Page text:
Pick Up the Pace

LA has thrived in transition, generating a league-leading 19.3 points off turnovers each game. They look to push the pace off of their opponents’ miscues. They could improve their offense by picking up the pace in half-court settings as well.

The high screen play usually leads to a shot in the paint fairly early in the shot clock, but it’s predictable. The Sparks’ guards thrive on being unpredictable. Wheeler has always been known for her shiftiness. Cooper and Sykes like to overwhelm their opponents with strength and athleticism. Those skills are often best utilized when defenders are off-balance or still getting set. Te’a misses this shot, but does a good job of attacking Vandersloot after Nneka’s screen gets her just a half-step’s worth of space:

The Sparks could use more of that explosion. Cooper had a rough start to the year but seemed to settle in before the break. Hopefully she maintains her momentum upon return.

The clip also shows another issue for LA, though: lack of movement off the ball.

Minimal Movement

Part of keeping your opponent on their toes is sending them different looks. LA has struggled mightily with that. The following possession provides a good example of the lack of explosion and creativity in their offense:

The concept is good: get Kristi Toliver receiving a pass after two screens, ideally for a shot. But the execution falls flat. LA did not do a great job putting pressure on any defender. A stronger screen for Wheeler could’ve opened up a driving lane. Once Toliver received the pass, a well-timed cut from a corner could’ve generated a good inside look. Instead, Zahui B is in a protective stance on the three-point line, neutralizing any chance she had to shoot, and Wheeler is forced into an iso with five seconds on the shot clock. One or two additional off-ball movements could drastically change the outcome of these possessions for LA.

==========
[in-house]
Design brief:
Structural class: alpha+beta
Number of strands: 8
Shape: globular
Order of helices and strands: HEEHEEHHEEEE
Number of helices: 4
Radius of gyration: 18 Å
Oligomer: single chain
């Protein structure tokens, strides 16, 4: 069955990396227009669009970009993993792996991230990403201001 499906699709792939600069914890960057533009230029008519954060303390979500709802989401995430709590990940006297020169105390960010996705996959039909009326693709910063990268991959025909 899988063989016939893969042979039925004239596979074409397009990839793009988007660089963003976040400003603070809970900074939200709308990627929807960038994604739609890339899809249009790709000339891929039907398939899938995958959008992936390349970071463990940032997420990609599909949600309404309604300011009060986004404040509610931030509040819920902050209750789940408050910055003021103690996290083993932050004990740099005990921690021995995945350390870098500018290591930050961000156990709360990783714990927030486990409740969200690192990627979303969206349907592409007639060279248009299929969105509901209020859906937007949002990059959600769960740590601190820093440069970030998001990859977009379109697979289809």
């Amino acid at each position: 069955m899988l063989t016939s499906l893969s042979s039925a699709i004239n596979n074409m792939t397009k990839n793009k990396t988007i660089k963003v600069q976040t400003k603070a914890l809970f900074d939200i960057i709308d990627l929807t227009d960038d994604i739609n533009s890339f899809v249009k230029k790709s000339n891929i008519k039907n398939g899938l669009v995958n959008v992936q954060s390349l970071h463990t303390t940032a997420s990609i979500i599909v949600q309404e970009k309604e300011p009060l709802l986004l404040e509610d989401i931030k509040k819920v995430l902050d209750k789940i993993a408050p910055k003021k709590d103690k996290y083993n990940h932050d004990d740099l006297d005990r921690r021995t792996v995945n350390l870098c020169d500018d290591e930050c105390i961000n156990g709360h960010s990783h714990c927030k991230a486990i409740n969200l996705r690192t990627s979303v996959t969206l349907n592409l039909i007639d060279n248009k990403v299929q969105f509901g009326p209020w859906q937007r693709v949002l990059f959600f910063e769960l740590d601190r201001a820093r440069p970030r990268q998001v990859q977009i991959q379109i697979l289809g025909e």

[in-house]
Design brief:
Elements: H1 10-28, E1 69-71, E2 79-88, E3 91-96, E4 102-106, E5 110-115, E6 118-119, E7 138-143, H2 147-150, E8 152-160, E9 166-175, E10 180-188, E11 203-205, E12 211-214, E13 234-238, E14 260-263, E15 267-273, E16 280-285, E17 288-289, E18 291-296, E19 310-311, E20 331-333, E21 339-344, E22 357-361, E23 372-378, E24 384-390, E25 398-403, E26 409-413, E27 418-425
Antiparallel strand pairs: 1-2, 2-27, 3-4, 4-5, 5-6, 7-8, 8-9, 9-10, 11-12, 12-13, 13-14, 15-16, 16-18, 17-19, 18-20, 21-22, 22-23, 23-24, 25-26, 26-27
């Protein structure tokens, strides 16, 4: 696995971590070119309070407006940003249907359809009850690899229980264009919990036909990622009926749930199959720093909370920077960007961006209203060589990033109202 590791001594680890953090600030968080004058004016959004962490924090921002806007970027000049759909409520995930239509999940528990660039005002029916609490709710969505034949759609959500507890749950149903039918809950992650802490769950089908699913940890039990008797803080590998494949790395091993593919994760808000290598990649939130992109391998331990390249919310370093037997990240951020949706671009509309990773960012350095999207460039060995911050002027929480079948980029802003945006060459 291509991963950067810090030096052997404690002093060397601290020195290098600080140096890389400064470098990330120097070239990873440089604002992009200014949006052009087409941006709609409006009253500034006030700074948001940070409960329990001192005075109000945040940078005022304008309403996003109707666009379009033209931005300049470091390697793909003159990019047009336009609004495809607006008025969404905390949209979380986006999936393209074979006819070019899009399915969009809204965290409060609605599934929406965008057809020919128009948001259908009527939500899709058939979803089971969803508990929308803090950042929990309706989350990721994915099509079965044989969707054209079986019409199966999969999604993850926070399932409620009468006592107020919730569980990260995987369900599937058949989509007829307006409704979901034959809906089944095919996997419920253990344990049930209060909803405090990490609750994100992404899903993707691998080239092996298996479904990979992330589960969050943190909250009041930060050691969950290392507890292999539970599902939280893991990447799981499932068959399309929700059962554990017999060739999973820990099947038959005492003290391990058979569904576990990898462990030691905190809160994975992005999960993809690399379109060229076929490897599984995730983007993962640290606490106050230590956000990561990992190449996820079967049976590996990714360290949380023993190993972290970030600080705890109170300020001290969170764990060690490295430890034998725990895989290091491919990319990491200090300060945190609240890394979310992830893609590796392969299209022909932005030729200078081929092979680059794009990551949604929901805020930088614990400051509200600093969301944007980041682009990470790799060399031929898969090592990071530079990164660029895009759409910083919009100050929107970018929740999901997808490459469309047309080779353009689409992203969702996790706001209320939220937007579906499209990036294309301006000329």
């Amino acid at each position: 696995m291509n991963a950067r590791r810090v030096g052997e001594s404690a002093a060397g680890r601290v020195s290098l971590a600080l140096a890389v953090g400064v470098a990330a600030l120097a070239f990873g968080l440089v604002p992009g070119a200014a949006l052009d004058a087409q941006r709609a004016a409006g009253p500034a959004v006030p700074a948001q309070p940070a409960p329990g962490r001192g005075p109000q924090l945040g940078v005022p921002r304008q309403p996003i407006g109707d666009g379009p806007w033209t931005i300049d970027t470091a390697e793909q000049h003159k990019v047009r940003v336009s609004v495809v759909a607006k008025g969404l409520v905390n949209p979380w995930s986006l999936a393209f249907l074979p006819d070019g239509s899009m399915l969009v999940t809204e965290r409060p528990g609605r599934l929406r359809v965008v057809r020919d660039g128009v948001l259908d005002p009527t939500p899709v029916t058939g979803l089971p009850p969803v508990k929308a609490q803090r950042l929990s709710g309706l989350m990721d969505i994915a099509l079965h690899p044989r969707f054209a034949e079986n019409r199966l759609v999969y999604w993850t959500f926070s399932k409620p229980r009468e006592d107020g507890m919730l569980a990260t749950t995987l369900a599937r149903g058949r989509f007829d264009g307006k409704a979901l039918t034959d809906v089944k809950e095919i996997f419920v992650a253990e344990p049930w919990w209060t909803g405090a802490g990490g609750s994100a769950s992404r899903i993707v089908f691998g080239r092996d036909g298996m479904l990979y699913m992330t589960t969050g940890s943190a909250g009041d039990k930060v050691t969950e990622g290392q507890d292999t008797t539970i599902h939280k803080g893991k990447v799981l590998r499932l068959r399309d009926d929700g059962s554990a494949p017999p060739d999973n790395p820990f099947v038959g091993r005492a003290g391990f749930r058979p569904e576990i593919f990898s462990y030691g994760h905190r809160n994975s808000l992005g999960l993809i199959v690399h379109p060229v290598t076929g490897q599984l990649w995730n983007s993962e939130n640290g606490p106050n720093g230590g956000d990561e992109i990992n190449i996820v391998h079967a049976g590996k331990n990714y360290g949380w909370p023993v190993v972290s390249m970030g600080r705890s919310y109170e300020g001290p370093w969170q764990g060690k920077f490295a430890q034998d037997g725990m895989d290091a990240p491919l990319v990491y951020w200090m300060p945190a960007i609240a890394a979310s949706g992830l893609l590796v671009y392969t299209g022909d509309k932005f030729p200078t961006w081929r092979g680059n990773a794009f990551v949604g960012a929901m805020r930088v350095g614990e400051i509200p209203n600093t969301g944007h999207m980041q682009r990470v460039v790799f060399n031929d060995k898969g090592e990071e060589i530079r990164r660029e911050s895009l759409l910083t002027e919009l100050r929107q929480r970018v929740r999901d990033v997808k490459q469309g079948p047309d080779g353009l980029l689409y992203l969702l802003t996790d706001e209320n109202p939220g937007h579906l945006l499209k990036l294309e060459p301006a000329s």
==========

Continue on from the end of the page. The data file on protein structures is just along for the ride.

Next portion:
Potential Fixes

Getting Nneka, Toliver, and eventually Chiney back will help the Sparks’ offense tremendously. But a systemic change is still needed.

One change that could help would be re-tooling Nia Coffey’s role in the offense. Coffey provides the Sparks with a great amount of versatility. She’s tall and strong enough to battle inside, yet quick and crafty enough to work outside. Running plays for her on different parts of the floor could help open things up for the other Sparks, while also providing Coffey with easy looks.

Coffey should also be utilized more in those high screen actions, as her catch-and-shoot opportunities often lead to three points…

and provides an improved level of comfort than the other bigs when away from the basket. Even though she misses here, that’s a level of controlled unpredictability that can serve LA very well at full-strength.

In Fisher We Trust?

If the Sparks hope to make a second-half push, they’ll need to implement some improved offensive sets. Fans can only hope Derek Fisher did some self-reflecting over the break. If not, LA is likely headed to a top pick in his third season.

About Richmond Bailey Caldwell

Die-hard Grizzlies fan since 2009. Aspiring basketball writer and coach. University of Georgia sport management alum. Perennial first team all-defense selection.